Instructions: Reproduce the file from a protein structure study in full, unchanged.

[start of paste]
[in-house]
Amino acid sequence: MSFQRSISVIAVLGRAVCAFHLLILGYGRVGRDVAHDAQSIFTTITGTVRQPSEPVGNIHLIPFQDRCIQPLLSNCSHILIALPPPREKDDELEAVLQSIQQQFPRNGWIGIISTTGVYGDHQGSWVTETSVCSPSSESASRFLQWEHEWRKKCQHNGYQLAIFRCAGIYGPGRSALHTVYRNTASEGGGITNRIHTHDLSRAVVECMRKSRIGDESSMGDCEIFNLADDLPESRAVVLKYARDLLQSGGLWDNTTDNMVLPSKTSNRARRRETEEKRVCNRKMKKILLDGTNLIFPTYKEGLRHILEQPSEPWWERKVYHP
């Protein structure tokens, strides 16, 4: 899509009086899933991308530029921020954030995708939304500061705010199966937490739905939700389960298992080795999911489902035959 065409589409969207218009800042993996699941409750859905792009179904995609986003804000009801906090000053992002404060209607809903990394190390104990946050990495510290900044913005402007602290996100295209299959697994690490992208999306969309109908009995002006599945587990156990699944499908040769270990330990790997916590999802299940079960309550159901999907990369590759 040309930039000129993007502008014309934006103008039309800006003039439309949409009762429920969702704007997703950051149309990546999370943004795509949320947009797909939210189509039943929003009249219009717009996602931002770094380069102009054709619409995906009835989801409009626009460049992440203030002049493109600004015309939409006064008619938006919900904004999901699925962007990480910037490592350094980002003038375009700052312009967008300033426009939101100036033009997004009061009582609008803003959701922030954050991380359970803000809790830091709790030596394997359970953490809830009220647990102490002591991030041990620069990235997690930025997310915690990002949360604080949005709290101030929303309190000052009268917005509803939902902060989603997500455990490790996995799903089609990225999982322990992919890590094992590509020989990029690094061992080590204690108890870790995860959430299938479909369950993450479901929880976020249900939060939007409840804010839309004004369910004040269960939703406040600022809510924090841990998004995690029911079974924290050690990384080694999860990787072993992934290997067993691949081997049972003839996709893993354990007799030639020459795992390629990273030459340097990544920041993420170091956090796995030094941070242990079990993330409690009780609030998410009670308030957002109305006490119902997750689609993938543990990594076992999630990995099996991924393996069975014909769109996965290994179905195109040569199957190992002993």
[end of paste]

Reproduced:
[in-house]
Amino acid sequence: MSFQRSISVIAVLGRAVCAFHLLILGYGRVGRDVAHDAQSIFTTITGTVRQPSEPVGNIHLIPFQDRCIQPLLSNCSHILIALPPPREKDDELEAVLQSIQQQFPRNGWIGIISTTGVYGDHQGSWVTETSVCSPSSESASRFLQWEHEWRKKCQHNGYQLAIFRCAGIYGPGRSALHTVYRNTASEGGGITNRIHTHDLSRAVVECMRKSRIGDESSMGDCEIFNLADDLPESRAVVLKYARDLLQSGGLWDNTTDNMVLPSKTSNRARRRETEEKRVCNRKMKKILLDGTNLIFPTYKEGLRHILEQPSEPWWERKVYHP
């Protein structure tokens, strides 16, 4: 899509009086899933991308530029921020954030995708939304500061705010199966937490739905939700389960298992080795999911489902035959 065409589409969207218009800042993996699941409750859905792009179904995609986003804000009801906090000053992002404060209607809903990394190390104990946050990495510290900044913005402007602290996100295209299959697994690490992208999306969309109908009995002006599945587990156990699944499908040769270990330990790997916590999802299940079960309550159901999907990369590759 040309930039000129993007502008014309934006103008039309800006003039439309949409009762429920969702704007997703950051149309990546999370943004795509949320947009797909939210189509039943929003009249219009717009996602931002770094380069102009054709619409995906009835989801409009626009460049992440203030002049493109600004015309939409006064008619938006919900904004999901699925962007990480910037490592350094980002003038375009700052312009967008300033426009939101100036033009997004009061009582609008803003959701922030954050991380359970803000809790830091709790030596394997359970953490809830009220647990102490002591991030041990620069990235997690930025997310915690990002949360604080949005709290101030929303309190000052009268917005509803939902902060989603997500455990490790996995799903089609990225999982322990992919890590094992590509020989990029690094061992080590204690108890870790995860959430299938479909369950993450479901929880976020249900939060939007409840804010839309004004369910004040269960939703406040600022809510924090841990998004995690029911079974924290050690990384080694999860990787072993992934290997067993691949081997049972003839996709893993354990007799030639020459795992390629990273030459340097990544920041993420170091956090796995030094941070242990079990993330409690009780609030998410009670308030957002109305006490119902997750689609993938543990990594076992999630990995099996991924393996069975014909769109996965290994179905195109040569199957190992002993």